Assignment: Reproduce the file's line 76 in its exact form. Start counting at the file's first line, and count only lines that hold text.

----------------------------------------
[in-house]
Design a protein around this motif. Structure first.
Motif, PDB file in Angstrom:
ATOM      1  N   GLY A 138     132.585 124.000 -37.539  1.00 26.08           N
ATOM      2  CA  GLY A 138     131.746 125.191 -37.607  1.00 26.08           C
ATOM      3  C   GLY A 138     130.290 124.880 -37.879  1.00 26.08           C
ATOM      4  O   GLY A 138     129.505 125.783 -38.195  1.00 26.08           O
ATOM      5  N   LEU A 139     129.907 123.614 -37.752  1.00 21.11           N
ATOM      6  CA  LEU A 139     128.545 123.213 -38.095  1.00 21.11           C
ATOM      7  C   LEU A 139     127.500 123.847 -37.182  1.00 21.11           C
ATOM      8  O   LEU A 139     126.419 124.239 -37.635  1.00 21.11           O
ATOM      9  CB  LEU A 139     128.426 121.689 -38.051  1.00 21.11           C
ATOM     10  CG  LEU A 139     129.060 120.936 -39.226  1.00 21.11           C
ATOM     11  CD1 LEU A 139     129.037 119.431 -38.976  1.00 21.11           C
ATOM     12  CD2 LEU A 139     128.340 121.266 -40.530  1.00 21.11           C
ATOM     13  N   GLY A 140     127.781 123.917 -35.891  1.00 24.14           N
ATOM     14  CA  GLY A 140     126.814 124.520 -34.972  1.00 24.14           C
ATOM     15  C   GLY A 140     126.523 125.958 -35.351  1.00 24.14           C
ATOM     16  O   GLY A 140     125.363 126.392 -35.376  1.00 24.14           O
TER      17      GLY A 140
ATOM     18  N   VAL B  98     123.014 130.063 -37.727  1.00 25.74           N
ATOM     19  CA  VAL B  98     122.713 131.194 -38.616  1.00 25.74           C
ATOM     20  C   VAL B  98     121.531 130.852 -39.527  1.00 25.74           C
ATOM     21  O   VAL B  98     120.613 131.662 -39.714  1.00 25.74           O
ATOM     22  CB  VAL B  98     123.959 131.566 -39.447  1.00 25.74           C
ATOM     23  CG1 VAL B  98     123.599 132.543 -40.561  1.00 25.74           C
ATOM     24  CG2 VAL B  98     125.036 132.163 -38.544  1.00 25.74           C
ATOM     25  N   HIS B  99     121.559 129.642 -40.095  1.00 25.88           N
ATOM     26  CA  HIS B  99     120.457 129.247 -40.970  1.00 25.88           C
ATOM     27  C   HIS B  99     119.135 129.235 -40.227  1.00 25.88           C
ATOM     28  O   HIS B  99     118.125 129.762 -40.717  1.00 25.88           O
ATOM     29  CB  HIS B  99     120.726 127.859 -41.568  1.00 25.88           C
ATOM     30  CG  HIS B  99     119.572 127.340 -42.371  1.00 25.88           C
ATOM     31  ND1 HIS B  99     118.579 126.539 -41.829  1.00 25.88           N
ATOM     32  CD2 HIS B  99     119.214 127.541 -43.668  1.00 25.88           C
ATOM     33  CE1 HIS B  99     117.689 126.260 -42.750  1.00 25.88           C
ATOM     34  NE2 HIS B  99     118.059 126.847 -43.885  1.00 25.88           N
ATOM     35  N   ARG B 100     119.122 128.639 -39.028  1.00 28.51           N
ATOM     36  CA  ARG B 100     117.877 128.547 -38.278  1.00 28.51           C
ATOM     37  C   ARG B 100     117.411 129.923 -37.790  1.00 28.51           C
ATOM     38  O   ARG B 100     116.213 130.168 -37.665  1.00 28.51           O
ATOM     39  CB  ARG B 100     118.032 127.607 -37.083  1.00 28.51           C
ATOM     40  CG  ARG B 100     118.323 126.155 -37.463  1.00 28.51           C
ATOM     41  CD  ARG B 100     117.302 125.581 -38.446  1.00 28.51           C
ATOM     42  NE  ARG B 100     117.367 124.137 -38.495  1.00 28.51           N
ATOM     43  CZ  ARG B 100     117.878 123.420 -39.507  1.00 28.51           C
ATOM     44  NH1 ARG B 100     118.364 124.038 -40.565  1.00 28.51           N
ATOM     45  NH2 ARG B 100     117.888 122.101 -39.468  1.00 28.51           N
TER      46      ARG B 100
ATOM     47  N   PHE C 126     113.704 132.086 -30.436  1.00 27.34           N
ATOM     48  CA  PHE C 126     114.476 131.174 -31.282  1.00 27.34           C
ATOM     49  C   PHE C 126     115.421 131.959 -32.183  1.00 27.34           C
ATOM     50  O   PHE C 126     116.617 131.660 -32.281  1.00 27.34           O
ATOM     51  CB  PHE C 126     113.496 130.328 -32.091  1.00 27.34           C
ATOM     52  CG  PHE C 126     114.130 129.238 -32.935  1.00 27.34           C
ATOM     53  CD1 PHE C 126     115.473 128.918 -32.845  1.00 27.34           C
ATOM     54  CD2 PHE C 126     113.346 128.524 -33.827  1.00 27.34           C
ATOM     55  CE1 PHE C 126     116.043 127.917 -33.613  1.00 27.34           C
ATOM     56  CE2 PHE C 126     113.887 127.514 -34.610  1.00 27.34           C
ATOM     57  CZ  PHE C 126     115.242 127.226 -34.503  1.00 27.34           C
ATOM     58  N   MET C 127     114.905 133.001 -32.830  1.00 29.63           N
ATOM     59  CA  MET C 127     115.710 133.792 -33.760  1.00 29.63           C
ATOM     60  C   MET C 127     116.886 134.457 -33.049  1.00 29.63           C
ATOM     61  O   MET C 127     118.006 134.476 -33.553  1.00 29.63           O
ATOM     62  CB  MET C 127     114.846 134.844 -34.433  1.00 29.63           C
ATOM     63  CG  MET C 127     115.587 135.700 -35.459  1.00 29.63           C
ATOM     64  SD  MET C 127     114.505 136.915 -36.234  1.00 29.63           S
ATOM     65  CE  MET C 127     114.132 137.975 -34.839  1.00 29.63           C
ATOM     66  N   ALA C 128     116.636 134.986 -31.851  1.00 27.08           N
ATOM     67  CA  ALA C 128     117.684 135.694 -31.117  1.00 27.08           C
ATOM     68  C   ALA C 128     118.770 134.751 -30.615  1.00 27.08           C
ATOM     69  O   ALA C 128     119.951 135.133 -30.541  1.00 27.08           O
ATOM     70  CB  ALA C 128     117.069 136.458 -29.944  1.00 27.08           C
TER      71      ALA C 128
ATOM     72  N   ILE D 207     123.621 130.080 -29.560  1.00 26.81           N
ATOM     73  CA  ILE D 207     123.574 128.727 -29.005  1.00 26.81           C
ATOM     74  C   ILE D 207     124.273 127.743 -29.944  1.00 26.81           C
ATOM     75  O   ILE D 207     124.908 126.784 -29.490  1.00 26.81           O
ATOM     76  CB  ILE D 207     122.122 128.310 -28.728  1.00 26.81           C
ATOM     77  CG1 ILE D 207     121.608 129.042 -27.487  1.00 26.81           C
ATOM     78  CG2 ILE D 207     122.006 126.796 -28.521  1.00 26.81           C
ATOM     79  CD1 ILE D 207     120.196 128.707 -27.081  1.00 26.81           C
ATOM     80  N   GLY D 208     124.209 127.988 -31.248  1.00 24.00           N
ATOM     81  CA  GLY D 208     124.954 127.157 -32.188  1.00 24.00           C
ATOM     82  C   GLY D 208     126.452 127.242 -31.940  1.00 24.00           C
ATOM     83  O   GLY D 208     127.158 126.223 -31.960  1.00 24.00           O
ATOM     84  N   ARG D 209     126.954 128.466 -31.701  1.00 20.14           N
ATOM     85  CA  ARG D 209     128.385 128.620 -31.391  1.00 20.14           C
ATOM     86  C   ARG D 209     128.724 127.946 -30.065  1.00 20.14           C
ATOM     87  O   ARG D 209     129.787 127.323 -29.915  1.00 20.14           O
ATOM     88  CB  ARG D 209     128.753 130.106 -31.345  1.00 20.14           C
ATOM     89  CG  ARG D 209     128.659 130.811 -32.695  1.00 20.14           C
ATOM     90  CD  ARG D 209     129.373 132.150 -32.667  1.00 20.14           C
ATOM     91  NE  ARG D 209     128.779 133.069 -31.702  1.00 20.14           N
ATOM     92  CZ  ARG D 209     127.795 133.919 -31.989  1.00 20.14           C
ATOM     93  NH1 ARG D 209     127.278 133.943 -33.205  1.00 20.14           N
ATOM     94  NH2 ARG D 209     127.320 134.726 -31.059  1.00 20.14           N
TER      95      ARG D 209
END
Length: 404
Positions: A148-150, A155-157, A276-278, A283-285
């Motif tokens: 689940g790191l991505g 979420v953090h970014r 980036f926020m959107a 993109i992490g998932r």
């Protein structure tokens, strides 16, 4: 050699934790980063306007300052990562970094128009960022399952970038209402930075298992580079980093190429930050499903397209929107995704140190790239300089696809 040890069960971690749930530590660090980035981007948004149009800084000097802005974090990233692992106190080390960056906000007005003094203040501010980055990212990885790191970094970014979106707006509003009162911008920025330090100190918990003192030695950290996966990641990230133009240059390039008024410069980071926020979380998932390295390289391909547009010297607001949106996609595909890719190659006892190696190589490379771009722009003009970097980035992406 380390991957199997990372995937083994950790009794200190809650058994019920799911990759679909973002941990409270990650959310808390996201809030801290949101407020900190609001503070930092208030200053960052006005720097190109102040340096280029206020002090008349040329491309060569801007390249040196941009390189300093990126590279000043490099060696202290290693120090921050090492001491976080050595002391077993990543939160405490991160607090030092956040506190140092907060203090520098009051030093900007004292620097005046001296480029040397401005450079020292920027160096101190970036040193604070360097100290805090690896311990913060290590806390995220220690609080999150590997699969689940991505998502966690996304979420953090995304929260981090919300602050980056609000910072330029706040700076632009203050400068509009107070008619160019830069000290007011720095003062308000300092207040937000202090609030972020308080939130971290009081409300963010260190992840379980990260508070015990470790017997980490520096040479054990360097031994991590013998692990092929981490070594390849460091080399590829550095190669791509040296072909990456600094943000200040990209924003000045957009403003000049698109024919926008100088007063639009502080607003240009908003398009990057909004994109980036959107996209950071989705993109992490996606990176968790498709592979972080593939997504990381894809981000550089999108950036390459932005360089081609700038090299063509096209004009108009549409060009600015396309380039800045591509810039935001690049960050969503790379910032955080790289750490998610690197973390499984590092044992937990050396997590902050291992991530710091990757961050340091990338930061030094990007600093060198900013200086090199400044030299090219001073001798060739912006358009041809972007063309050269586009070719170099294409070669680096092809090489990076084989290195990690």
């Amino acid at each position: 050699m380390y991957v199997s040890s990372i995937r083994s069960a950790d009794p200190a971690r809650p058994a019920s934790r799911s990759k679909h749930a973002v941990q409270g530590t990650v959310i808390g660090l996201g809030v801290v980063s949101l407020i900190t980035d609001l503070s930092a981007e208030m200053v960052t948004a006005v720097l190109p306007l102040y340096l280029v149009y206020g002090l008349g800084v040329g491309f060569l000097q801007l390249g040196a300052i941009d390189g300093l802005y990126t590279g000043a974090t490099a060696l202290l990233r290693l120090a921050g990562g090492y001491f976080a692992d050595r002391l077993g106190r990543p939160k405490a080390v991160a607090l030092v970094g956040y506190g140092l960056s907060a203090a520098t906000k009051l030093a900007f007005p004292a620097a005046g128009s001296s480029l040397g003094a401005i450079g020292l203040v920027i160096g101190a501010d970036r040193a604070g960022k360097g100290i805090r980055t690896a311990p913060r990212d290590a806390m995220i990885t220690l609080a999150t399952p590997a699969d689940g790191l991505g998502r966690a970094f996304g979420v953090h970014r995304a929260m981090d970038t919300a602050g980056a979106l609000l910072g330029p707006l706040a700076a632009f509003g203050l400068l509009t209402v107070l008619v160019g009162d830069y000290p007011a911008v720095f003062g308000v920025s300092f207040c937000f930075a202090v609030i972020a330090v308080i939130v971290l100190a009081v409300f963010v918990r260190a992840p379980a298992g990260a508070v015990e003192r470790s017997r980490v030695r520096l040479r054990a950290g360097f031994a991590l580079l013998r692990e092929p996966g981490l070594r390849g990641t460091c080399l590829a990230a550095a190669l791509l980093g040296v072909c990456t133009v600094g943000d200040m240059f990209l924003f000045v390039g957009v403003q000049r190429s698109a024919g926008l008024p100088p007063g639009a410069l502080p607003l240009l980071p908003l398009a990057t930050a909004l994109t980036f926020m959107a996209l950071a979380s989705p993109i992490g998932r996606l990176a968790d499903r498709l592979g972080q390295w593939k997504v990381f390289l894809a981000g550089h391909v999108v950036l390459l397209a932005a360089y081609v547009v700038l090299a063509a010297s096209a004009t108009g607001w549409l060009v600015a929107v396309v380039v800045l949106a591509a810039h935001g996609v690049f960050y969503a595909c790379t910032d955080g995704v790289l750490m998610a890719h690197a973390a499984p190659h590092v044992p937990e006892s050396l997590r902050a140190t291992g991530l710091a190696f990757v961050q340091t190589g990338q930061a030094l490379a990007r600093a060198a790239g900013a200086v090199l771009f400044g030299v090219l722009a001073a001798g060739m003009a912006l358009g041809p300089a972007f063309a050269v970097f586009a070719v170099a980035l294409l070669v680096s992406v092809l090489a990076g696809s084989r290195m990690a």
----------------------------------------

ATOM     73  CA  ILE D 207     123.574 128.727 -29.005  1.00 26.81           C